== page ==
Video: What a history lesson can do for an Occupier

posted at 9:21 am on May 9, 2012 by Ed Morrissey

The irony here, of course, is that the history lesson of democracy gets delivered by a former refugee from the former Soviet Union, but the history lesson doesn’t just end with the USA.  One young man tried to pass an “Occupy Wall Street Journal” to two men observing the protests, and ended up gaining an education in history, politics, economics, and statecraft.  Give the young Occupier credit, as Joe Schoffstall says — he was at least willing to listen.  I’m not sure he was actually convinced, but he at least knew better than to keep arguing:

You might be tempted to stop after a couple of minutes, but stick to it all the way through to the end.  It shows what one man can do when he’s armed with the facts, as well as a little moral authority from having lived through a socialist nightmare.  His companion tells him at the end, “I’m very proud of you,” and I’d bet more than a few people here would be as well.

And at least the young man still had the capacity to learn. Ringo and Zombie document some of the mental incapacity found at the Occupy LA rally last week, including these images:

I’m an old tech-pubs editor, and I don’t think I could diagram that sentence, even with my extensive experience.  Then there are those who just can’t deal with reality:

Here’s a better question: why should I have to pay for you?  Or, for that matter, this guy:

If you need to eat, then I suggest you find ways to feed yourself.  If your art isn’t doing it for you, it’s time to consider another career.  Understandably, someone this dense has limited prospects anyway, but obviously it’s time to give it a try.

That’s why engagement will probably only work with a select few, but it is important to keep trying.

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THe idealist almost gets early on when he recognizes that the Constitution is being ignored. Instead of displaying logic and saying we need to restore it, he falls for the promise of a perfect society.

Silver on May 9, 2012 at 8:56 PM

That was so great. We should all get together and sue the education system.

Cindy Munford on May 9, 2012 at 9:01 PM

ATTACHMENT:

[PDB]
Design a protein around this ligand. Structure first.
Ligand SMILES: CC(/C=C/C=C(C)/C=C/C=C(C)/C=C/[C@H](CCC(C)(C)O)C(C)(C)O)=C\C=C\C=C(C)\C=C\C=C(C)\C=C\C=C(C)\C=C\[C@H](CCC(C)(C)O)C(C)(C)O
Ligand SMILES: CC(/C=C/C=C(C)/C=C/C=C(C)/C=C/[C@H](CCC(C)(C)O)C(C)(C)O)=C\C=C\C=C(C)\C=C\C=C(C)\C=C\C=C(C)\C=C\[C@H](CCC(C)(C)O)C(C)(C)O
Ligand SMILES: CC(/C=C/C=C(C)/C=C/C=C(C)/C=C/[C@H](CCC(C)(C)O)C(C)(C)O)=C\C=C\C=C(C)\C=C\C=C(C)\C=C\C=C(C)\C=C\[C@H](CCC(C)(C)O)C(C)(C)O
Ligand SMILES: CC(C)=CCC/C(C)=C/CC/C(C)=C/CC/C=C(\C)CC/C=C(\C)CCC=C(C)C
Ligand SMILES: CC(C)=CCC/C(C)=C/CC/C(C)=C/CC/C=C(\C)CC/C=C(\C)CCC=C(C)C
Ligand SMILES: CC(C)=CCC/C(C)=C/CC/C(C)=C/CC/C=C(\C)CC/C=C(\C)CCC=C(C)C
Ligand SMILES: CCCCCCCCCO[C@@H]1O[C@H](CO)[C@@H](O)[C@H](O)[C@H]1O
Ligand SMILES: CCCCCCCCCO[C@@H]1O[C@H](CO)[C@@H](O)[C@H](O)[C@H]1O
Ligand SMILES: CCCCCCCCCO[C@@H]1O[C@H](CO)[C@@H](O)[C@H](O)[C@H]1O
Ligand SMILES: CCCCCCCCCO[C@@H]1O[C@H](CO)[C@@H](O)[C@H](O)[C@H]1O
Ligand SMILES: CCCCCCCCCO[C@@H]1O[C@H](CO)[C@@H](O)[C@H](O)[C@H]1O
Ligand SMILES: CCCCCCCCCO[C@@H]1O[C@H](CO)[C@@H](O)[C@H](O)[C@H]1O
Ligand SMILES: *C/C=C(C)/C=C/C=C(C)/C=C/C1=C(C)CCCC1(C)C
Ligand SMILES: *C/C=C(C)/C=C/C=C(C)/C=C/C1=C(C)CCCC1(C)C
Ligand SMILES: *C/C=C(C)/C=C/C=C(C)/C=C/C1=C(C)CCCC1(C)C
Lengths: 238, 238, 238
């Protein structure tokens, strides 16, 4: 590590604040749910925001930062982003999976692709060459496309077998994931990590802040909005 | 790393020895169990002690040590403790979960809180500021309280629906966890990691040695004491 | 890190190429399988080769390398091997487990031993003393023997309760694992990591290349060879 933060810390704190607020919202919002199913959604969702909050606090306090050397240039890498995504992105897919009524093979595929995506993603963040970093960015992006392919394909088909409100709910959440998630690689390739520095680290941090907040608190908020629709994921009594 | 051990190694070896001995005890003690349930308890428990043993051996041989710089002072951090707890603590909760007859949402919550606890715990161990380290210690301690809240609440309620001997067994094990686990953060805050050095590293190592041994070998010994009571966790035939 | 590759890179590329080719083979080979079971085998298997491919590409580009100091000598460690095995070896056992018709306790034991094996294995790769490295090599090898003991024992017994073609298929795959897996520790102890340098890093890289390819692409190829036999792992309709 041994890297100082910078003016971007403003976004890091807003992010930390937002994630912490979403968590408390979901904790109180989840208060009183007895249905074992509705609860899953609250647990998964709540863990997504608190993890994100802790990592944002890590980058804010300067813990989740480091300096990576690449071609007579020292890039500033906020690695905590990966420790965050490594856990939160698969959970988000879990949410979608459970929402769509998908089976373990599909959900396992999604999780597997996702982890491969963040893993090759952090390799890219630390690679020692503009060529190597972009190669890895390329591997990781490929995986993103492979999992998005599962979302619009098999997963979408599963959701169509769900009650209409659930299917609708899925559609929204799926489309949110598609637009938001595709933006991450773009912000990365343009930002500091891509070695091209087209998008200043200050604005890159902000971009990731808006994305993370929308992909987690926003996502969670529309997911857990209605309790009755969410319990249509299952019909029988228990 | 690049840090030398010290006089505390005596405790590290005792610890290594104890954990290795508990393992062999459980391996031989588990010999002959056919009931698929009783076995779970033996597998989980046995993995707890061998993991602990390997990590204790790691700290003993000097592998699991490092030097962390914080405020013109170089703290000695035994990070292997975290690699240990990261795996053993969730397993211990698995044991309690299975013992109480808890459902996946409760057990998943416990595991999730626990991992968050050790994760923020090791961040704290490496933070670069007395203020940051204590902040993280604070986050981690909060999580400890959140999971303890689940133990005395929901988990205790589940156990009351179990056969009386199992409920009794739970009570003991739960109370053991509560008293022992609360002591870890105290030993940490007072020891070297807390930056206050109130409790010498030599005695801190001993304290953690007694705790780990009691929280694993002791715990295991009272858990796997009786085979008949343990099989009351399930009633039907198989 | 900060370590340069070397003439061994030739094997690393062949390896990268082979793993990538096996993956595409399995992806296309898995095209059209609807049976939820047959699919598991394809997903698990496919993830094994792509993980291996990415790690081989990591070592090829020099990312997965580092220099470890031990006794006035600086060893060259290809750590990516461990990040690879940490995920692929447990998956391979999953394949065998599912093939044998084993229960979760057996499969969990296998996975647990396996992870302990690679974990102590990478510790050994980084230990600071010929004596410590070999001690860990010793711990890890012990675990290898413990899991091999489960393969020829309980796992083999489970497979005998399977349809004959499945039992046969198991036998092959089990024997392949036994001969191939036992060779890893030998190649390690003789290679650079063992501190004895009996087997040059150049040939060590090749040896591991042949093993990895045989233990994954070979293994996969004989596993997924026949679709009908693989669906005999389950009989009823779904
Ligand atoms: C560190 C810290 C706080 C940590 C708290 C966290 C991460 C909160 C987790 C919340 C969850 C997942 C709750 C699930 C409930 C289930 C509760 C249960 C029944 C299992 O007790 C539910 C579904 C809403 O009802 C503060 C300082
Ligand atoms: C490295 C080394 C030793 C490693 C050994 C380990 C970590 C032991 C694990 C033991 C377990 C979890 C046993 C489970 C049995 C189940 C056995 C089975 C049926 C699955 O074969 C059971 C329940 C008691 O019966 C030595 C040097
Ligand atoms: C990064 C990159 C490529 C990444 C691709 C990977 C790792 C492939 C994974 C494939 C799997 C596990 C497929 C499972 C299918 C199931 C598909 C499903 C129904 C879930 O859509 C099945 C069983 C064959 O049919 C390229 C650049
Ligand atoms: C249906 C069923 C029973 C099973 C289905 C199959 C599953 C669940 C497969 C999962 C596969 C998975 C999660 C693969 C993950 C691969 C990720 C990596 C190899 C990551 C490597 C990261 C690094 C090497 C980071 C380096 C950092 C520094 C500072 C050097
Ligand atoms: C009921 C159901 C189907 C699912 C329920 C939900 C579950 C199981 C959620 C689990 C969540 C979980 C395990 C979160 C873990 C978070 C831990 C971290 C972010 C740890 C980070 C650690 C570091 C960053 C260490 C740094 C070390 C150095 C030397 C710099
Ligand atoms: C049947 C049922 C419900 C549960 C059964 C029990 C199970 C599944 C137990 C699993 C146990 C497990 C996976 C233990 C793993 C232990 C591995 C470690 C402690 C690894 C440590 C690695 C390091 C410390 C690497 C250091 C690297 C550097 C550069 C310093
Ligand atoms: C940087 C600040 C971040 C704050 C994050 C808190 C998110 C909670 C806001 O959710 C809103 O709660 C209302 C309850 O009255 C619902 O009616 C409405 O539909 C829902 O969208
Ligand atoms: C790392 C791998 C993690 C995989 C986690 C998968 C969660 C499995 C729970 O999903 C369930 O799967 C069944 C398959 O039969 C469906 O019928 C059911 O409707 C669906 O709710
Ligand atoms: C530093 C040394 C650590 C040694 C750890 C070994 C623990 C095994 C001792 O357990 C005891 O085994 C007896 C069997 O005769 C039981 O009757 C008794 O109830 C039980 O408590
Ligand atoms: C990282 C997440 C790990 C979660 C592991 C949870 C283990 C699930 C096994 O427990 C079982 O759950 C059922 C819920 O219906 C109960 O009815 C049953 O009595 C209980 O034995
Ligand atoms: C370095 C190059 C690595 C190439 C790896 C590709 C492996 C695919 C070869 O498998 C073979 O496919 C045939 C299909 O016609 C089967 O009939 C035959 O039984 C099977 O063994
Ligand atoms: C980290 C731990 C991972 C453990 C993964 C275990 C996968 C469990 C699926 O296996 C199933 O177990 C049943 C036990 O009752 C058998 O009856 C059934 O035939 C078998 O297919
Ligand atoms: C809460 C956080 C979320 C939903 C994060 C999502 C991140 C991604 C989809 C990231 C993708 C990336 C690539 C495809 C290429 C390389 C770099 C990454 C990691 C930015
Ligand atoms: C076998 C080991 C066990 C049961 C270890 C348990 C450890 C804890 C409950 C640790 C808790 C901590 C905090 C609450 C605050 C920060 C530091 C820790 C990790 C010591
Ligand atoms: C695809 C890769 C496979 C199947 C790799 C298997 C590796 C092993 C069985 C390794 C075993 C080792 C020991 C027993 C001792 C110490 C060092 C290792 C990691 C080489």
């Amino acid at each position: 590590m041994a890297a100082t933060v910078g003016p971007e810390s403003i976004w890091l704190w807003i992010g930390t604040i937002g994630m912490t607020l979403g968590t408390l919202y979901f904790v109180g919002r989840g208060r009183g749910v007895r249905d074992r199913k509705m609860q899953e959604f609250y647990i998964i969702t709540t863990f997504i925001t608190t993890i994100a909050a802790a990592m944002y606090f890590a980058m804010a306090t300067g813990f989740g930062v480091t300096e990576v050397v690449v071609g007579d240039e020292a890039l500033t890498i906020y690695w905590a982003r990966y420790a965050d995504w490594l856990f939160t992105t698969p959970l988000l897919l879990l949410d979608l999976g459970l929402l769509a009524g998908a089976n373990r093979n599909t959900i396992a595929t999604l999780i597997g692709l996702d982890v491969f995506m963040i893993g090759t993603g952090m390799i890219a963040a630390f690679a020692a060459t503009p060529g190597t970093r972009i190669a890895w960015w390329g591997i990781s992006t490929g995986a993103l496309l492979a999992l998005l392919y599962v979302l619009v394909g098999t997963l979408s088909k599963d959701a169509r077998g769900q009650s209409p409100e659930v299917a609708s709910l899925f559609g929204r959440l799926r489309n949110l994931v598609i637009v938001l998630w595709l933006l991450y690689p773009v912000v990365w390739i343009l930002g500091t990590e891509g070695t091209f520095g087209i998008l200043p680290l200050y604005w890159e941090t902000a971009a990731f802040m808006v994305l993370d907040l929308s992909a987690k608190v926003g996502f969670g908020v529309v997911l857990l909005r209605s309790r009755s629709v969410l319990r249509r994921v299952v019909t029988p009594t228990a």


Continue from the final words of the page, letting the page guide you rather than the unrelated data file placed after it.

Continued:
Sheesh, what a maroon.

xblade on May 9, 2012 at 9:30 PM

Sheesh, what a maroon.

xblade on May 9, 2012 at 9:30 PM

A maroon for actually listening to an opposing view and understanding simple logic? That kid’s been led astray for a long time it seems, but a maroon he’s not.

Durka-Durka on May 9, 2012 at 10:07 PM

Late to the party on this one, but that was awesome. That immigrant had his facts straight and really laid out a very logical argument. Kind of hard for somebody ill-educated and with only OWS talking points to compute with that argument.

Yeah, I’m proud of him too.

AZfederalist on May 9, 2012 at 11:46 PM

If you could give him just one book to read to educate him even further, what would it be?

PattyJ on May 9, 2012 at 12:57 PM

Atlas Shrugged, We the Living, the author also had first hand experience with the Soviet Union.

Less noted in this regard is Rand’s first novel, We the Living. This is a semiautobiographical story set in Russia just after the revolution of 1917. The particulars of the plot are not as interesting in this context as the level of detail Rand provides about life in the Soviet Union in the early years of communist rule. I recently reread it for the first time in 20 or 25 years and was struck by the sophistication of Rand’s analysis of the Soviet economy in practice. Unlike most contemporary western observers, she had first-hand knowledge of the terrible conditions and the reality of Soviet power.

Dr Evil on May 10, 2012 at 9:42 AM